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Preview – Glock 20 Backcountry CCW

Photos by Q Concepts

The Jedi Master Weighs in on 10mm and the Glock 20

Currently, concealed carry is all the rage in the USA. Most folks choose a handgun for CCW that is small, comfortable to carry, and most often chambered in a caliber that is easy to shoot. I’m amazed at the number of people who choose .32, .380, .38 Special, and 9mm pistols that are, in essence, pocket guns. All of these types of guns are selected by people who really don’t expect that they will ever really need one.

Let’s be honest — most folks pick guns that they really don’t expect to use in a life-and-death encounter. A .32 ACP or .380 is certainly better than a sharp stick in a fight, but sadly, most of these small calibers are not always great in providing rapid incapacitation of a threat. Even with some of the better 9x19mm and .38 Special rounds, multiple hits are required to stop an attacker.

I often meet people who carry small handguns for concealed carry self-defense, and they ask what I think of their choice in sidearm. My comment is, “It’s a great handgun choice as long as you never need it.”

Make no mistake: If you ever need a handgun to defend yourself, you will want a lot of handgun, not a little bit of handgun. One of the most troubling things I witness as an instructor is the vast number of people with small, easy-to-conceal handguns trying to shoot them well. Small guns are simply not as easy to shoot accurately or quickly as duty or full-size sidearms.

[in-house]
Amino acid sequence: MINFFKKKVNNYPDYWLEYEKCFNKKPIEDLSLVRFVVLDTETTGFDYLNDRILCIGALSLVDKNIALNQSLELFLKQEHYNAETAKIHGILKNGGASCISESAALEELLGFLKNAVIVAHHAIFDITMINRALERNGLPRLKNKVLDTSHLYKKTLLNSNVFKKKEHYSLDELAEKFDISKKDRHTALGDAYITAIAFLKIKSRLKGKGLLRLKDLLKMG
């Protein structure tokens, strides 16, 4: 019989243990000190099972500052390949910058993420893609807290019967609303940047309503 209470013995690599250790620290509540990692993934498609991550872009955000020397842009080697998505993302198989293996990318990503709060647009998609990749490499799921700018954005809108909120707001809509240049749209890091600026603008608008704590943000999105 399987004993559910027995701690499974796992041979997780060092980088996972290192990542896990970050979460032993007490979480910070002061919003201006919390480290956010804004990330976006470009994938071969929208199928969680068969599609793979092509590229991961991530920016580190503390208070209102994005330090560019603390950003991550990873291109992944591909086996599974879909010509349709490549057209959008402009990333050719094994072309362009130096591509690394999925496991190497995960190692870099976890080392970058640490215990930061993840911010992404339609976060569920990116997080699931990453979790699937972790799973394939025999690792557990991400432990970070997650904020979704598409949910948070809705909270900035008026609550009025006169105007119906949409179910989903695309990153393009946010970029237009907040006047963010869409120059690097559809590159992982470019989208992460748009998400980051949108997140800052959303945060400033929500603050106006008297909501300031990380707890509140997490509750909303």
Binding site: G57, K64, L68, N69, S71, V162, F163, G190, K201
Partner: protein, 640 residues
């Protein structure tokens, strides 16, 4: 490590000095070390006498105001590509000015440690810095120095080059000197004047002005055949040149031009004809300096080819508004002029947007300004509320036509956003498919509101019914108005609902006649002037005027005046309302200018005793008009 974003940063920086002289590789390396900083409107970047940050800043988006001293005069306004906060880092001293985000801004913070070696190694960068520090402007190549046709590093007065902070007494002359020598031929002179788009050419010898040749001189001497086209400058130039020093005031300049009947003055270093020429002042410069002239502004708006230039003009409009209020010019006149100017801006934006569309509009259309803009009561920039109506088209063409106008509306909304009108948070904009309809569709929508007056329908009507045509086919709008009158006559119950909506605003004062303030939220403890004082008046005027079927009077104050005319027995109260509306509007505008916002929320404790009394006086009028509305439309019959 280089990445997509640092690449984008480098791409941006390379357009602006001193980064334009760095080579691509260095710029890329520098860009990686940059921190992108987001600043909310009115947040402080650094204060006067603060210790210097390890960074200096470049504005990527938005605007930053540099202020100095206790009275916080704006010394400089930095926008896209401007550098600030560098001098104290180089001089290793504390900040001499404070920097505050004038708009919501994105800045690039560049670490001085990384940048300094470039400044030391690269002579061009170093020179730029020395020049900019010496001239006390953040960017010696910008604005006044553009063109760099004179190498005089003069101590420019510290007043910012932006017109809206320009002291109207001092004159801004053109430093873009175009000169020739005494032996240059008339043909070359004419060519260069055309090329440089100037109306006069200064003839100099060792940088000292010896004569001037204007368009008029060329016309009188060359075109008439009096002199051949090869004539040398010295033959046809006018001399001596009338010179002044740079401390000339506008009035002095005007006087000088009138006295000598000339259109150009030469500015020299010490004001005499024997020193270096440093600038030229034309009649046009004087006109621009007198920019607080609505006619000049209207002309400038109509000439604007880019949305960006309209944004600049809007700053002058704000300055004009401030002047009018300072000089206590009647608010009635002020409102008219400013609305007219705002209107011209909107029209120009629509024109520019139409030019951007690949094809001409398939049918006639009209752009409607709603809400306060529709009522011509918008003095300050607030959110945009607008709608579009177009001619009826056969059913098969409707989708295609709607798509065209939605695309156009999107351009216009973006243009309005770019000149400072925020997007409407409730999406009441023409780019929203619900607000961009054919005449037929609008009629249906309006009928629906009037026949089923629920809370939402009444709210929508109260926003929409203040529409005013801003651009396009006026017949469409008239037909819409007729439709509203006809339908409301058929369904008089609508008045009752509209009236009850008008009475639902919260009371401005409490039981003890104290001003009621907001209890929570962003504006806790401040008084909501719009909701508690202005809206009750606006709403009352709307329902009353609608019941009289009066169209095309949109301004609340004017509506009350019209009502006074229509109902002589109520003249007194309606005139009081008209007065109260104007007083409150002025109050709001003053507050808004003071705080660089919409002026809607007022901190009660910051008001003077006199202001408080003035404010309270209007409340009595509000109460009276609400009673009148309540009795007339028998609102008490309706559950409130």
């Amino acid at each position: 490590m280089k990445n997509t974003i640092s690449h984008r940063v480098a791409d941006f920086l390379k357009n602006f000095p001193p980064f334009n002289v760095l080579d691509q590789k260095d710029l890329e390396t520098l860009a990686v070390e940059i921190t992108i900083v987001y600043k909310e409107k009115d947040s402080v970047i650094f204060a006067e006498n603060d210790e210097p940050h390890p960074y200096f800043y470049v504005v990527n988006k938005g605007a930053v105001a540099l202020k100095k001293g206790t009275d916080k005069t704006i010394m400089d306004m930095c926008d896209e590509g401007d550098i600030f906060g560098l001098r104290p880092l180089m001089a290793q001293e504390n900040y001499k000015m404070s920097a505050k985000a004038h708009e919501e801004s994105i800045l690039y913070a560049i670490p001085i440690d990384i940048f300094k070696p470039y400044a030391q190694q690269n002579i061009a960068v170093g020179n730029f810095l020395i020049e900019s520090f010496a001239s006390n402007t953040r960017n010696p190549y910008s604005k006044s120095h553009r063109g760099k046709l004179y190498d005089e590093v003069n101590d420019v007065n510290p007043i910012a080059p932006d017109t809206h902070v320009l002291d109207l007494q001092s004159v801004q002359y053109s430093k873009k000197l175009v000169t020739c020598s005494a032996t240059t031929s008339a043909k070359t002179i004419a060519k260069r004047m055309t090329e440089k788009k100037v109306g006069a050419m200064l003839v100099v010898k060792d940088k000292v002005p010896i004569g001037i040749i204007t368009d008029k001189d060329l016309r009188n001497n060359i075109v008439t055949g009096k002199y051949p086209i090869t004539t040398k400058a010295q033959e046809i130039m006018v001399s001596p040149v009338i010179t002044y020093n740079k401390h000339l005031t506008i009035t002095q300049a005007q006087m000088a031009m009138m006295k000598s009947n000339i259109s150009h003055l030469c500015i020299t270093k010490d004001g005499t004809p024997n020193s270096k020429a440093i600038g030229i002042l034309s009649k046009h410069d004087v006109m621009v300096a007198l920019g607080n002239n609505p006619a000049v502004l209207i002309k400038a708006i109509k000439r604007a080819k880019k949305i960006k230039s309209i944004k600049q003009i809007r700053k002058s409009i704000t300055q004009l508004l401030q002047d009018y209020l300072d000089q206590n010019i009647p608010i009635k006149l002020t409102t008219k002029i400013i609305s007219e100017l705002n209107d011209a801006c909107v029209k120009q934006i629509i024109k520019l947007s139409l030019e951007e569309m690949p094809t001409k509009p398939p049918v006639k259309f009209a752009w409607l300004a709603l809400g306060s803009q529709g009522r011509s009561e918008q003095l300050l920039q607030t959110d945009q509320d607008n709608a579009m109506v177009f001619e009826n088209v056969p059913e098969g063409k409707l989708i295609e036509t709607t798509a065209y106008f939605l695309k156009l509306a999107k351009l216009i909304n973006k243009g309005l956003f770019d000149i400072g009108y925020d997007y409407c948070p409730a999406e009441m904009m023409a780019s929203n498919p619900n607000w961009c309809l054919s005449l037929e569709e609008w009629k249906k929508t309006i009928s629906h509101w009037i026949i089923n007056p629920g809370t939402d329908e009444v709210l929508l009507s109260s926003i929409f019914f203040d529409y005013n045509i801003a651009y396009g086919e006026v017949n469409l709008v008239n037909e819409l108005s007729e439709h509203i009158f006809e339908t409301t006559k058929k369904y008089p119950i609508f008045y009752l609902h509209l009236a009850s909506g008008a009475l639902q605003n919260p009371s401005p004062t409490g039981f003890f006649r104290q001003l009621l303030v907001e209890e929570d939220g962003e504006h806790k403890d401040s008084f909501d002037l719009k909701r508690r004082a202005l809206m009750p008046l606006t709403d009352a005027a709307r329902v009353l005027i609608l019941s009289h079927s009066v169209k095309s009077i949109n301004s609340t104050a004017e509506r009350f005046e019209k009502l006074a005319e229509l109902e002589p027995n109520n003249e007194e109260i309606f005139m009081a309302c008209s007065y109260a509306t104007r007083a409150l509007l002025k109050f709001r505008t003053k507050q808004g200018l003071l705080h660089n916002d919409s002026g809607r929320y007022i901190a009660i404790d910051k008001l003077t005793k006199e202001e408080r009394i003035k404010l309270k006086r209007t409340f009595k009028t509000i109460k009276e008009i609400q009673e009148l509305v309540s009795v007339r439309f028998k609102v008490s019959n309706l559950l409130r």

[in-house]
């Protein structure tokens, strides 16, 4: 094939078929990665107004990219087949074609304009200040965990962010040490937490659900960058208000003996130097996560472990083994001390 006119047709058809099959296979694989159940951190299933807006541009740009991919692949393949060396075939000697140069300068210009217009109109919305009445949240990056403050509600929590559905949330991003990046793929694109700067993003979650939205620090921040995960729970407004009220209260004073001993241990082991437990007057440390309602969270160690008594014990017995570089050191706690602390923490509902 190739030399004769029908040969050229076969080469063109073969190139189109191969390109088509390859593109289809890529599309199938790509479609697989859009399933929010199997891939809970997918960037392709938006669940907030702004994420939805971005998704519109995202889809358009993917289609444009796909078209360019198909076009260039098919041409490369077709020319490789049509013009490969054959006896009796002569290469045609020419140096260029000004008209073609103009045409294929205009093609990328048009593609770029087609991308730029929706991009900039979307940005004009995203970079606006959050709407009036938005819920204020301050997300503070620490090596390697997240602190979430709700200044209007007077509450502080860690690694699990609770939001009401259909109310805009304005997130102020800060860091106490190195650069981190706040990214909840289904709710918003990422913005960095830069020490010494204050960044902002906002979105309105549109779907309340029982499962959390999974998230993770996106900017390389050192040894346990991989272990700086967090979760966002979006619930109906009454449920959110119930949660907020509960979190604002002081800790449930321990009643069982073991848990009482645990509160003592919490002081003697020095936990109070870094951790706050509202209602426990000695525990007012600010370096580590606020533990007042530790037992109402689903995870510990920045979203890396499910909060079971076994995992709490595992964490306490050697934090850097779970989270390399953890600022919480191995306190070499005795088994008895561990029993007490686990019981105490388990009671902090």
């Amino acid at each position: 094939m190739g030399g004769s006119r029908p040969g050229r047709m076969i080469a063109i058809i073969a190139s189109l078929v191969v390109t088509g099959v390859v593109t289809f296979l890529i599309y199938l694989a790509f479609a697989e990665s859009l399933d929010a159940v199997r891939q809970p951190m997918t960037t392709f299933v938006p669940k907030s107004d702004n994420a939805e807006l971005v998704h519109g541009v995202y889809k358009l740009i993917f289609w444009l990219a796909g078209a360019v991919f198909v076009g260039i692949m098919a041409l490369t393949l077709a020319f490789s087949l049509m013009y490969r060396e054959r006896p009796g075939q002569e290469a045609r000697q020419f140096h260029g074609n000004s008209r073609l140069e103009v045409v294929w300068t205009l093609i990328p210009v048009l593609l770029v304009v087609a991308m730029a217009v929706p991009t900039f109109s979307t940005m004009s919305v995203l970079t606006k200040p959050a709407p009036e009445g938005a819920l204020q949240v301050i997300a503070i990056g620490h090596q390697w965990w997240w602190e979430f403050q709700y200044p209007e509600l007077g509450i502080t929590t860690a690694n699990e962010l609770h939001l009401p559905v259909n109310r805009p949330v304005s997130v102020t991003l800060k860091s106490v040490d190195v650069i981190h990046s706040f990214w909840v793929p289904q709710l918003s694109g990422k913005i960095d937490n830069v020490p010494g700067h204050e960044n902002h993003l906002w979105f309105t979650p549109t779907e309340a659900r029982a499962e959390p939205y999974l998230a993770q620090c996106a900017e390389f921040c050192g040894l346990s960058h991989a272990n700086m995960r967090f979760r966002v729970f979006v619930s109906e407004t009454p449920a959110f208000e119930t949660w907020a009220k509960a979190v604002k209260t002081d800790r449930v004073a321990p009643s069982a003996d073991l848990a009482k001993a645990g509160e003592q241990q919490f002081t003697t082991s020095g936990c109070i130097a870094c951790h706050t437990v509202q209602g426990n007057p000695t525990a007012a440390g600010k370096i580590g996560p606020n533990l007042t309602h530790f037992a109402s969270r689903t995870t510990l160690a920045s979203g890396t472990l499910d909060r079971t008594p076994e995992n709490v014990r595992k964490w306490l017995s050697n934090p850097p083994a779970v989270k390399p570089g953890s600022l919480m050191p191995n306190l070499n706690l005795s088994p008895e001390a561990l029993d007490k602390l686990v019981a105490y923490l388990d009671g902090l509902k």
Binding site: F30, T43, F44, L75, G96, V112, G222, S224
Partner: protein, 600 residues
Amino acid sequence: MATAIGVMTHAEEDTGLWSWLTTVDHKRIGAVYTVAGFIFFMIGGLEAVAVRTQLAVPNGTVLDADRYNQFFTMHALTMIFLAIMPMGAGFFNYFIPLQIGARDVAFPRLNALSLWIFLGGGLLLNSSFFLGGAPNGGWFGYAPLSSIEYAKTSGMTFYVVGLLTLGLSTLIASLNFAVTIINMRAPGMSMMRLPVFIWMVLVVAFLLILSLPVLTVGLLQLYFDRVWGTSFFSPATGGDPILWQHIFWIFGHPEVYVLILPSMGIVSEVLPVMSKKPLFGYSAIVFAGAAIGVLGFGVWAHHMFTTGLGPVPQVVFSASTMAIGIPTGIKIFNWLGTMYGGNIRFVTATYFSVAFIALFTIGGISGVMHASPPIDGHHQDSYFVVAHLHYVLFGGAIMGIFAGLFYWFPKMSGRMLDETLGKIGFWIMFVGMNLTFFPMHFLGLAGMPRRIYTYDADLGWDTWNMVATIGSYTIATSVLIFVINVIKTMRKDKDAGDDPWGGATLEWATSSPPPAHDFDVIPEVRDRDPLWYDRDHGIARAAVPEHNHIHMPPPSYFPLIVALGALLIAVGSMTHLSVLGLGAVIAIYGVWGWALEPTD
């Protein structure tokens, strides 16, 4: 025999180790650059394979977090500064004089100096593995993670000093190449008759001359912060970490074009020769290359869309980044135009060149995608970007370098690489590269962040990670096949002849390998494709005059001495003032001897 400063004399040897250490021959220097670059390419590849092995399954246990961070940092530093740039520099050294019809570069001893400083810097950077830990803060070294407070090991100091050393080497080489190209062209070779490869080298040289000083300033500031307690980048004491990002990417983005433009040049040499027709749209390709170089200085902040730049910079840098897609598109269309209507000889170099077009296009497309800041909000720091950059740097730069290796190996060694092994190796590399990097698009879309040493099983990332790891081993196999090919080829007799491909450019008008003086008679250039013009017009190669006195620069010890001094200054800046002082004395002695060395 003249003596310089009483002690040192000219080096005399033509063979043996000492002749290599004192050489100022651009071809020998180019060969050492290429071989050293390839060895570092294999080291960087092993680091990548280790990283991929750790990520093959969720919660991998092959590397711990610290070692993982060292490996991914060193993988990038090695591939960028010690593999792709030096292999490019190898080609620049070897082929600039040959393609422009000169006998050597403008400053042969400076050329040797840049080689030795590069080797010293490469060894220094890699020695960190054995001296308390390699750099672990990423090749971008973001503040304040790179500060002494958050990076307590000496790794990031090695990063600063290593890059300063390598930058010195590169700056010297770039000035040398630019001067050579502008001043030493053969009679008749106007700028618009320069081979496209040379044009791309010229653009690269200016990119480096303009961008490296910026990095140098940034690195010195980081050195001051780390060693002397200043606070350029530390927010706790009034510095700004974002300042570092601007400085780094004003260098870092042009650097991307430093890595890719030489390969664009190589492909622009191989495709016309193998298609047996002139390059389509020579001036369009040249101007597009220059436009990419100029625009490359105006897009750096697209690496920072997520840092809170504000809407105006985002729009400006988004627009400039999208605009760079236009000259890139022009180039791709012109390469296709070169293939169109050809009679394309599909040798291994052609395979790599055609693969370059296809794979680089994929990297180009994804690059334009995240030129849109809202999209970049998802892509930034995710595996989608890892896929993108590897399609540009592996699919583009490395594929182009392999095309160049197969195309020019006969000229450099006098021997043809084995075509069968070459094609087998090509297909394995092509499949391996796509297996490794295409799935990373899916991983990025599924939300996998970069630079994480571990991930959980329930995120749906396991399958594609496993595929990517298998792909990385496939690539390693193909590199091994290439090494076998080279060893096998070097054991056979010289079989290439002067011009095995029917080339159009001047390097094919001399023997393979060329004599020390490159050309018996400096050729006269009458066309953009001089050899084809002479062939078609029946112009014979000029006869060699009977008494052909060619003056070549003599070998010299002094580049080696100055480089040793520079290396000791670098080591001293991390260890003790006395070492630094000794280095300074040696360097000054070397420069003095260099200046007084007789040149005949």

I’ve carried a number of handguns in the past, rarely ever using the small-caliber, easy-to-conceal sidearms so popular today with the CCW crowd. I have been a big fan of the airweight J-frame .38 Special S&W revolvers — but mainly as a backup gun, rarely as a primary. For most of my life, a .45 ACP Colt Lightweight Commander or Glock 19 has served the need. Recently, I relocated to the western slope of the Rockies. Concern for two-legged predators now is, quite frankly, much less than those with four legs. My choice of everyday sidearms has subsequently changed due to local needs. CCW is not as much of a requirement as it is in other areas — but even in the wilderness, it has its place. Hence, the backcountry CCW, 10mm.

It should be understood that a wise gunner will follow the “gray man” rule, blending in with the environment. Dress like the locals and stay in your lane. Don’t dress or act in a manner that attracts attention. This will vary wildly depending on the region of the world you live in.

Selection of holsters is critical for good, comfortable concealed carry. I have adapted to using Kydex holsters for much of my own CCW use. My rule is that polymer pistols belong in plastic and steel-frame handguns belong in leather. I really like and recommend Raven Concealment Systems and JM Custom Kydex holsters for most of my concealment use. With my Glock 20 in either of these rigs, concealment and comfort is outstanding. I find that for much of the time a good chest holster has merit, too. The Diamond D Guide’s Choice is a great rig, and my G20 in a Clark Fork Leather chest rig also works really well when hip carry is not viable.

My first experience with the 10mm cartridge was with the Bren Ten pistol. I don’t shoot it today as it’s now a collector’s item, and replacement parts are nearly impossible to locate. Next I acquired a Colt 1911 Delta Elite, which I still use from time to time. It’s extremely accurate and easy to carry in a good concealment holster.


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